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Both sides claim victory in latest redistricting commission ruling

Attorneys defending the state’s redistricting commission against allegations of open meeting law violations are touting an appellate court decision today as a victory. So is the county prosecutor who pursued the allegations.

A Court of Appeals panel found that the Arizona Independent Redistricting Commission is subject to the state’s open meeting laws but that prosecutors may not continue investigating the commission’s alleged open meeting law violations.

The investigation was to determine whether the commission broke the law when it hired a consultant in 2011 to help draw new district boundaries. Writing for the court, Judge Donn Kessler said the prosecution lacked probable cause to continue the investigation.

Today’s ruling overturned a decision by Maricopa County Superior Court Judge Dean Fink from December 2011.

Fink ruled that the commission is bound only by the constitutional provisions establishing its authority, which include some specific transparency requirements, but which are narrower than state open meeting laws.

Maricopa County Attorney Bill Montgomery, who appealed Fink’s decision, counted today’s ruling as a victory. If the commission were not subject to open meeting laws, he said, Arizona voters “would otherwise have been shocked to learn that a fourth branch of government had been created to affect political representation with no accountability.”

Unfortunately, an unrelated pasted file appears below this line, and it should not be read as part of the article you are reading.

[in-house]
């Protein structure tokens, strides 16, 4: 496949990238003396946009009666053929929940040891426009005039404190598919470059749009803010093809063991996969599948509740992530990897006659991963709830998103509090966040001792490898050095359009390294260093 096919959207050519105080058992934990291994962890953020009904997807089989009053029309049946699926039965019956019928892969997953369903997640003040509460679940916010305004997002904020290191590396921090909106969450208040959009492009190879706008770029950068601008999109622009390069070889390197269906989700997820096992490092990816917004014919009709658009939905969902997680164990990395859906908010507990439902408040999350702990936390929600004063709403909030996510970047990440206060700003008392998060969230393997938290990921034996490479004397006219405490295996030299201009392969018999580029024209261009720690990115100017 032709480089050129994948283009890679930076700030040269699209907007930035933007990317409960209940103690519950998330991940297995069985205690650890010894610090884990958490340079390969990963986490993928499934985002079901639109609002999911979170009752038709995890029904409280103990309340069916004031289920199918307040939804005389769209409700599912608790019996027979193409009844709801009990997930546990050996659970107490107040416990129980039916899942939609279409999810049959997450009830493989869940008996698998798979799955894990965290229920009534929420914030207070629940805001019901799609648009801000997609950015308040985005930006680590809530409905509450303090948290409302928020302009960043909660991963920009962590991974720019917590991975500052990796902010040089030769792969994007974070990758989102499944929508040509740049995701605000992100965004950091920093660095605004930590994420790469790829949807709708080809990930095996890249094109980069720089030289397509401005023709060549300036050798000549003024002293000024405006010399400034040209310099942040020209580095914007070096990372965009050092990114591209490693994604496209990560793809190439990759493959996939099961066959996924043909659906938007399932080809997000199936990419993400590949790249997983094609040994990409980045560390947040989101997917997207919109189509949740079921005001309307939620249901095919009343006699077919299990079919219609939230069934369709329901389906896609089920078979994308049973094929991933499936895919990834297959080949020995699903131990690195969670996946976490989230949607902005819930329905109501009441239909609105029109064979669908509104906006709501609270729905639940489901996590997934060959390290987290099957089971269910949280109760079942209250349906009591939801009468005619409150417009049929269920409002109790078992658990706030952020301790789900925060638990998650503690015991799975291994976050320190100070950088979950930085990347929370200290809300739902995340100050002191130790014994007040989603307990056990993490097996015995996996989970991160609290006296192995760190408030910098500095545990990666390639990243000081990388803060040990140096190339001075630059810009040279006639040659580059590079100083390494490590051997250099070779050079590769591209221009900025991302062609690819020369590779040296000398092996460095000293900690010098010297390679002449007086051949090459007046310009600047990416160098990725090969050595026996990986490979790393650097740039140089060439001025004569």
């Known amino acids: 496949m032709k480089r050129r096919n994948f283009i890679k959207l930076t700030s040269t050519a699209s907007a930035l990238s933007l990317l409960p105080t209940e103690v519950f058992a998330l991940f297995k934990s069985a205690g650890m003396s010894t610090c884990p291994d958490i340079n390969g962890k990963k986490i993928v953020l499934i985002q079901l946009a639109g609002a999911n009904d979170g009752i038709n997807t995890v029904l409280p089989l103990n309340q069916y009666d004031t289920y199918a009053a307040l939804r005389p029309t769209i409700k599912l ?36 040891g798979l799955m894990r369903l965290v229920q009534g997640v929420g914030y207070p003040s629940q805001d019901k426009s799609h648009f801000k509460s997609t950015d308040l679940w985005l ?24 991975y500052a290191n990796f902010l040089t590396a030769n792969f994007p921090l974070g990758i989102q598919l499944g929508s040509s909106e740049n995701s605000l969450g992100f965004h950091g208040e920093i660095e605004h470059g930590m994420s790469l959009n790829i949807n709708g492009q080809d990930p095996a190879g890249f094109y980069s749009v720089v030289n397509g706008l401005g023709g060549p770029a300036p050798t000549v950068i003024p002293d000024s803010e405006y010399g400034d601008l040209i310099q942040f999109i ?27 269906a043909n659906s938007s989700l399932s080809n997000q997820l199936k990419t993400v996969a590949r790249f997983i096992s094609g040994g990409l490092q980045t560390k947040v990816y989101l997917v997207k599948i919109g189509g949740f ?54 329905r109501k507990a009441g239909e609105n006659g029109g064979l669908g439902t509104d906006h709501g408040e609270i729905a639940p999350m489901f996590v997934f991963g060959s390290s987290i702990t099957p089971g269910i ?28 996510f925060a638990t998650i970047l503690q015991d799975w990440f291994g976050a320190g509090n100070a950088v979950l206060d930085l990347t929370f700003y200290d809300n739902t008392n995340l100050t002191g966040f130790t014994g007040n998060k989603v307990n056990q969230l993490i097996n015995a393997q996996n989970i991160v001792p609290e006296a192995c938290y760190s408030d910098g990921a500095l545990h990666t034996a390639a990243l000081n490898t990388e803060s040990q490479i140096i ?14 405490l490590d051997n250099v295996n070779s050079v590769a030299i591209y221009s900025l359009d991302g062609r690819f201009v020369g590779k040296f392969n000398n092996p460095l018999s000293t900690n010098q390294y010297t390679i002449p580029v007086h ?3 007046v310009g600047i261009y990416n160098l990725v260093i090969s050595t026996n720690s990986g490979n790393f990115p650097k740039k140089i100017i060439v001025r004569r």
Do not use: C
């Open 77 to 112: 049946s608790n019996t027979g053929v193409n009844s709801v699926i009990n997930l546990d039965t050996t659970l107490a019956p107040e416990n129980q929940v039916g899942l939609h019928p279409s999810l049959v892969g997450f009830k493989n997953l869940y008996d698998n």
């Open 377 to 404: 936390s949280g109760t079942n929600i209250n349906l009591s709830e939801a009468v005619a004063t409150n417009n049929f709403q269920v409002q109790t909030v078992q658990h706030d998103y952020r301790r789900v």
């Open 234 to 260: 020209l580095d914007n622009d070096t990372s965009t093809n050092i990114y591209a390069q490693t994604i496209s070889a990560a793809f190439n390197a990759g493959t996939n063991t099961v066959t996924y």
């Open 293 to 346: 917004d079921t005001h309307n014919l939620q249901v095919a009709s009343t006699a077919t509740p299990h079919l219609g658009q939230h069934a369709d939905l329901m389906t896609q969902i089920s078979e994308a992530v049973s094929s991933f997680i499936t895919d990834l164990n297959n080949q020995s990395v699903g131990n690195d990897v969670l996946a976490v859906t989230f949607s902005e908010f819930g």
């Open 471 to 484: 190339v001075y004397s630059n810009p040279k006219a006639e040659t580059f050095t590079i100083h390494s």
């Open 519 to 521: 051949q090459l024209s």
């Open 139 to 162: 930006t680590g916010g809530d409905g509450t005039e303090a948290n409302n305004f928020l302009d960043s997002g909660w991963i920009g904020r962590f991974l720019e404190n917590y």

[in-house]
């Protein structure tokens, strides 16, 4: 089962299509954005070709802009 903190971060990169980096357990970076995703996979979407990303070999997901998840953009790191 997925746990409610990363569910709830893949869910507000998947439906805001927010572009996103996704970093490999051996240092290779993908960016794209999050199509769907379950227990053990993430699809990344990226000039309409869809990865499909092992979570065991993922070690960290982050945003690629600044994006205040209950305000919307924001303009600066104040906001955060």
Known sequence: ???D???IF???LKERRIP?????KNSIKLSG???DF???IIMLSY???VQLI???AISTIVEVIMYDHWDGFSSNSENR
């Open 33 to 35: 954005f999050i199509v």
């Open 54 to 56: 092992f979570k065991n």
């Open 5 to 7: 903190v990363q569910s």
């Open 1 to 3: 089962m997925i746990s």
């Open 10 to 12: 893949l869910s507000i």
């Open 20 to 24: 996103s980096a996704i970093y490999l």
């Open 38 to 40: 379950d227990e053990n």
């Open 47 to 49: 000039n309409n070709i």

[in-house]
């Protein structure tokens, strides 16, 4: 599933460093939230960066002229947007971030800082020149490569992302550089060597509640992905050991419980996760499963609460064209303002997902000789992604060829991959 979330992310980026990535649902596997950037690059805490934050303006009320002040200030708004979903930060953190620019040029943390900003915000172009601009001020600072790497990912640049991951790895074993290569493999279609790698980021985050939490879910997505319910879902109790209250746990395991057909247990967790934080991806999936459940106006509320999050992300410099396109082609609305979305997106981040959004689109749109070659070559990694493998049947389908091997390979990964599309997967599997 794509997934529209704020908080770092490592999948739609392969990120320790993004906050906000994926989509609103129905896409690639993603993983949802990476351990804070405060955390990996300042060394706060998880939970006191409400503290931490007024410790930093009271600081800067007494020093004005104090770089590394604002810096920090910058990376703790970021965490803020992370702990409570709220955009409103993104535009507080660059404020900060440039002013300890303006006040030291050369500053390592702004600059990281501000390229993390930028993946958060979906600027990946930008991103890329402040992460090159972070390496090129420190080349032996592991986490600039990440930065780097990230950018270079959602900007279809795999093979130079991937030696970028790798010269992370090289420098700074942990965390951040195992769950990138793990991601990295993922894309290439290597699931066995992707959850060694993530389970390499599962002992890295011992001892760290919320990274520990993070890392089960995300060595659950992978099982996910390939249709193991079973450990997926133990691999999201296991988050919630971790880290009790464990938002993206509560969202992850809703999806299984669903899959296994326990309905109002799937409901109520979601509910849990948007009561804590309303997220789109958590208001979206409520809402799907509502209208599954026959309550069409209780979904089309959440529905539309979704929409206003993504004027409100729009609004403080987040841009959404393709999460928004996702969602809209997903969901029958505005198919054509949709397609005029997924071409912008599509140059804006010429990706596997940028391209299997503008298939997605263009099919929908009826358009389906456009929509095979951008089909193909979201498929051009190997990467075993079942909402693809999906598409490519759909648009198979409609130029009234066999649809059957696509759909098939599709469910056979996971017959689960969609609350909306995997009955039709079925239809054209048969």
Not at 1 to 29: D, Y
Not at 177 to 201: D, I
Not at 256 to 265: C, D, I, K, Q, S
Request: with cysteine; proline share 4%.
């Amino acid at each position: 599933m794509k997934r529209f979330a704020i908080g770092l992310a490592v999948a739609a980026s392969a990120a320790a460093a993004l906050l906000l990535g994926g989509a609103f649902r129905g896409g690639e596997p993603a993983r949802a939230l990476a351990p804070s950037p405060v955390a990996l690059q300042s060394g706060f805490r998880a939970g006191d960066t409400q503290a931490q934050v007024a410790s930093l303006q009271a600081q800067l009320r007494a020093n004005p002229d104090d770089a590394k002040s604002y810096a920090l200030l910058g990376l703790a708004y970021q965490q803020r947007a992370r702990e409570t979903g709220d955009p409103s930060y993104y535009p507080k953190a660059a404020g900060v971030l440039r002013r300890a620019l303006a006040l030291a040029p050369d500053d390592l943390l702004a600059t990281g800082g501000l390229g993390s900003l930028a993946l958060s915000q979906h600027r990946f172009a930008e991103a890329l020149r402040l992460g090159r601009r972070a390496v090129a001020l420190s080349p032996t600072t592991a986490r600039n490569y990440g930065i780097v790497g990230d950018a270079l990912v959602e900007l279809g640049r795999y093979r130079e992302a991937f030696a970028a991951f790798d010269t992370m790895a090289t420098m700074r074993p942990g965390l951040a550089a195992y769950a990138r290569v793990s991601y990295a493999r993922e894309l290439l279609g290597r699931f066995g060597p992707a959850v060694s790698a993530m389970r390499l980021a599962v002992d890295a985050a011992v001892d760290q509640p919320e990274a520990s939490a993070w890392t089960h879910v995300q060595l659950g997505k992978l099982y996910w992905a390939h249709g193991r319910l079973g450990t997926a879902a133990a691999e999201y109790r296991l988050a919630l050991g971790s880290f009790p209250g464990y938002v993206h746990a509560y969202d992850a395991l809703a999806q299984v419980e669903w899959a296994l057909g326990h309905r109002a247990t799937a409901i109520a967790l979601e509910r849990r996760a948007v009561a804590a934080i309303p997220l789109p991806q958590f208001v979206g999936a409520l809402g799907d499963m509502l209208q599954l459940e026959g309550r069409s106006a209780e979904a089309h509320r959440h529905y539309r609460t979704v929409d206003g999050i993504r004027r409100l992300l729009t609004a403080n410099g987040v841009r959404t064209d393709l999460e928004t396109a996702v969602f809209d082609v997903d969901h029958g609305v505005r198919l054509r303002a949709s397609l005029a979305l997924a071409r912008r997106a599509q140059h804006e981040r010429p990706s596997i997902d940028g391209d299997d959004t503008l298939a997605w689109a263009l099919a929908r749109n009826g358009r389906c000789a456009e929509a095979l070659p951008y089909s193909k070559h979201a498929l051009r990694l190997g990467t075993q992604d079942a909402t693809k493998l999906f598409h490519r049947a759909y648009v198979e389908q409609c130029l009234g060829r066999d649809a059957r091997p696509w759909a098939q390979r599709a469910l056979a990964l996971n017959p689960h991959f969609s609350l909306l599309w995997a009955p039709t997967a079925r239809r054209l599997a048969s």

But Mary O’Grady, one of the redistricting commission’s two attorneys, also claimed victory because Kessler said the original allegations of open meeting law violations were not backed by reasonable cause.

“The bottom line is that we’re very pleased that the appellate court confirmed the trial court’s ruling on the reasonable cause,” O’Grady said. “There’s no cause for the investigation. That’s what the finding of the trial court, and that remains undisturbed on appeal.”

O’Grady said she would need to consult with the commission to determine whether an appeal to the Arizona Supreme Court is necessary to challenge the appellate court’s ruling regarding the open meeting laws.

Montgomery said he does not plan to appeal the part of the appellate court ruling that prevents the further investigation of the original allegations of open meeting law violations.

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